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No Display?

Posted: Thu Aug 30, 2018 3:01 pm
by cyberjew

First, allow me to congratulate SharkRF on the unveiling of the openSPOT2! I can't even imagine the amount of time and effort that's being invested in it. I hope it's even more successful than the first generation.

That said, I'm sure you'll get a lot of questions about design decisions and features. I'm getting my first one in right away! :-)

Given the fact that so many people are adding Nextion displays (or equivalent) to their hotspots for total autonomous use, I'm a little surprised to see the lack of incorporating any sort of visual interface on the openSPOT2.

Had there been any consideration in adding one when you were designing this new model?

In so far as what I can tell from the available information, this is the only thing I'm not happy with. Otherwise it looks great!

Re: No Display?

Posted: Thu Aug 30, 2018 5:21 pm
Thank you!
We think you already have a display on your radio where you can see what's going on in more detail. If that's not enough, you may still have your phone or computer around where you can open the web interface for real time monitoring.

Re: No Display?

Posted: Fri Aug 31, 2018 5:48 pm
by cyberjew
I'm well aware of the displays on my radio and other browser-based devices.

In the case of DMR devices, unfortunately, it's the less expensive Chinese manufactured radios that provide more information on the display. The commercial manufacturers (Motorola, Hytera, etc.) that cater to businesses don't care much about the amateur radio community. Therefore their radios do not present as much information as you would expect to see.

Thankfully D-Star is pretty comprehensive and the standard calls for the types of displays that we see on devices that are sold expressly to amateur radio customers. Icom and Kenwood seem to be fairly consistent.

And openSPOT offers really nice remote control capabilities with both D-Star and DMR. Having not used YSF or other modes, I can't comment on the support.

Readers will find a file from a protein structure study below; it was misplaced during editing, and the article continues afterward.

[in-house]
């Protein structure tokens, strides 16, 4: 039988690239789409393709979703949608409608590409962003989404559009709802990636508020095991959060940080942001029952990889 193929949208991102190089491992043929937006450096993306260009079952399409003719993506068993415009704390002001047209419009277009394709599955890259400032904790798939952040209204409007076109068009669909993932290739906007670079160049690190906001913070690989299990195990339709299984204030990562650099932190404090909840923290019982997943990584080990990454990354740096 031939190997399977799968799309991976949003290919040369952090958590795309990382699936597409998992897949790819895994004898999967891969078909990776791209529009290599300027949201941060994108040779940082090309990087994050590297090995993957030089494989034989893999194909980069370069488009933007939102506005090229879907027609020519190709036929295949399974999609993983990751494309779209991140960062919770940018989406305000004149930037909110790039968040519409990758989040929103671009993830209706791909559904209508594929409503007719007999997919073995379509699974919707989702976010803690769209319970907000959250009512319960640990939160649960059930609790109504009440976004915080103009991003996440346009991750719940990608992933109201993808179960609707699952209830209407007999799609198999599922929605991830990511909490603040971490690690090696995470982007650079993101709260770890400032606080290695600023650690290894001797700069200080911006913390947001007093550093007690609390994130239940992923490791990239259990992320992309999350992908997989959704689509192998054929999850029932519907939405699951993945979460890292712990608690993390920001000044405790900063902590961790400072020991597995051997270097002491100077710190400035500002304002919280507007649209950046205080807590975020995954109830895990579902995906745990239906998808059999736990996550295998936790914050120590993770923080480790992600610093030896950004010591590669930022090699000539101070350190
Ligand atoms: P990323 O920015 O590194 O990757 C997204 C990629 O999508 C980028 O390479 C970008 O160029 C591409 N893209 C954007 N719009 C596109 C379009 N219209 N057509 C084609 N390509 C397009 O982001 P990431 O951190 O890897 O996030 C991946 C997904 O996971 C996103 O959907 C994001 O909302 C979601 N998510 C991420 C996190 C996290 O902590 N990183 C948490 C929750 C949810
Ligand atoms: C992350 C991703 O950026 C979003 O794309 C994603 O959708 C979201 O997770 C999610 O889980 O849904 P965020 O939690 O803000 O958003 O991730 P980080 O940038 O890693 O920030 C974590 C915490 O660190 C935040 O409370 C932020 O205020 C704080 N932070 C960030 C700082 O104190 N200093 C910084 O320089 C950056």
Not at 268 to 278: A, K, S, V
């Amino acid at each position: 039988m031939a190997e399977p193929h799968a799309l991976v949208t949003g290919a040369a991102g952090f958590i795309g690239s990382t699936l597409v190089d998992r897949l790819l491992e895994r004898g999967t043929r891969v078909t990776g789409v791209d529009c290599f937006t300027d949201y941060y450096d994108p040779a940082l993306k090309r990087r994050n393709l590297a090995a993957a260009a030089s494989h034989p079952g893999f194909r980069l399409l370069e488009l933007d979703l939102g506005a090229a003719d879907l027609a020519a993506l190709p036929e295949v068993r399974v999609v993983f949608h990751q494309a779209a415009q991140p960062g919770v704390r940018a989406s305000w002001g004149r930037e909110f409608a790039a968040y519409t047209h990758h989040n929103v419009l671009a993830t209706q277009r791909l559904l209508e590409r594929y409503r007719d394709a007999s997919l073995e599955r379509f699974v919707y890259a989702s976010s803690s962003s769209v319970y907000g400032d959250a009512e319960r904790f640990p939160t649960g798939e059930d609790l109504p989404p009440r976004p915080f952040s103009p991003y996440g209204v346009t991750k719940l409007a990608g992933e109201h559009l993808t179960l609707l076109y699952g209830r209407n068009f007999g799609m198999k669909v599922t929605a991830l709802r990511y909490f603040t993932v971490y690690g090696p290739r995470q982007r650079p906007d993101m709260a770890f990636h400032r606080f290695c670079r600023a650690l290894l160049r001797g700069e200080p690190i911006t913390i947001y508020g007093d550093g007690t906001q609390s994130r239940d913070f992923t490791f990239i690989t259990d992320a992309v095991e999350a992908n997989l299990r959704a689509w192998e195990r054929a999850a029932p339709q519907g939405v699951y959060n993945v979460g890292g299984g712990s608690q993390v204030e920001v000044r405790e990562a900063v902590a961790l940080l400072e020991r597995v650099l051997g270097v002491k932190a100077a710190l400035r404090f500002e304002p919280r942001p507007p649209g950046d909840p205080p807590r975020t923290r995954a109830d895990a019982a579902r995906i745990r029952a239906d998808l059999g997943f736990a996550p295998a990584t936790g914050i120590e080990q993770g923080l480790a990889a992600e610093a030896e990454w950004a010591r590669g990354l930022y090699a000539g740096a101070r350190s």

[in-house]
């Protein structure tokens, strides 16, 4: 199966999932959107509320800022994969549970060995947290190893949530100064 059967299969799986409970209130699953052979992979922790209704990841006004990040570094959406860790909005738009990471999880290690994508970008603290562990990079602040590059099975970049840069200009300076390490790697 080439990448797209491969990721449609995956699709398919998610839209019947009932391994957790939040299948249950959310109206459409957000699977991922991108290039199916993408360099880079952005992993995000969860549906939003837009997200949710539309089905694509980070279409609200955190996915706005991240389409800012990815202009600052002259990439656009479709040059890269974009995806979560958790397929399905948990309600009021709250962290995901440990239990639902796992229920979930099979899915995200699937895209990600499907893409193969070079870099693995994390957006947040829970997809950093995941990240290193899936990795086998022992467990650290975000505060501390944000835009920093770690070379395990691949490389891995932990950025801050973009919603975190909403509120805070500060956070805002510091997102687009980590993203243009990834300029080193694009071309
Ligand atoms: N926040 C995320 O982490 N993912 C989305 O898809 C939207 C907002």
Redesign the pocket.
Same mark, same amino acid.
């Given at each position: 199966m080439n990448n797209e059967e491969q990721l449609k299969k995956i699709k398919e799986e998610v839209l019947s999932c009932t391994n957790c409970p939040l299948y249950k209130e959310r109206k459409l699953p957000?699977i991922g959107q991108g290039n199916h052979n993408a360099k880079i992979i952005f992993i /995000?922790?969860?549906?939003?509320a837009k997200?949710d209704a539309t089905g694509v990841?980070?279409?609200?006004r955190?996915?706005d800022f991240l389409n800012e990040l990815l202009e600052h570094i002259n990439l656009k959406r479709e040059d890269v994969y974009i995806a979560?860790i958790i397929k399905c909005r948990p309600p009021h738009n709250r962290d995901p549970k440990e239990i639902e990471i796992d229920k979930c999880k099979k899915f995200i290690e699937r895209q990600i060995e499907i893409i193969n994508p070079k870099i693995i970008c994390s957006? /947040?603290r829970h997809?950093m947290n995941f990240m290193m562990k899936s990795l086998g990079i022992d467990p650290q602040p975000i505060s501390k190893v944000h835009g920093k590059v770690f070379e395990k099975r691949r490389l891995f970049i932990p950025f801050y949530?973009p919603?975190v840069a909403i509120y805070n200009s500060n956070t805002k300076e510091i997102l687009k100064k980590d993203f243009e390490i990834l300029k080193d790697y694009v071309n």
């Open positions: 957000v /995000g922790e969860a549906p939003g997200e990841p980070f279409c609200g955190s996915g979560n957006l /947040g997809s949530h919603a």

I think of the openSPOT as a self-contained device. While it's incredibly simple to use with a web browser, I would love to suggest that when you design the openSPOT3 (someday I hope!), you think about putting a small touchscreen on the unit. That would allow for viewing users DMR contact information in real-time directly on the hotspot.

I use my Zumspot with Pi-Star this way and it's incredibly convenient! Obviously, Pi-Star-based hotspots make up a sizable number of users in the hotspot community. Many users opt to install a small display for this exact reason.

When you are doing market research, keep in mind that this is a feature people are looking for and I can all but guarantee I'm not alone. Not having an integrated display could become a deal-breaker.

openSPOT has paved the road of innovation that many of the competing products follow. I hope that type of forward-thinking continues.

...just my $0.02

Re: No Display?

Posted: Thu Nov 01, 2018 1:22 am
by roger-uk
I find these screens too small to be of any real use.

Re: No Display?

Posted: Thu Nov 01, 2018 5:09 am
by cyberjew
It’s always in the eye of the beholder. What one person likes, the next does not. And that’s perfectly fine. What’s important is to recognize what your competitors are doing and how well it’s received by others. Competitive intelligence is critical in every market.

I love the fact that I can see the info for the current caller (Name, callsign/license, DMR ID, D-Star info etc) without having to always have a browser session going. It’s especially great when I’m driving and have my hotspot on the dashboard or on the passenger seat.

With the new handsfree law where I live, it prevents me from always having to look at the browser on my phone or tablet. I know there’s lot of others that love having this capability as well.

Either way, I’m very happy with my Openspot2, Openspot and Pi-Star hotspots. They each have their own strengths and weaknesses.

Sent from my iPad using Tapatalk Pro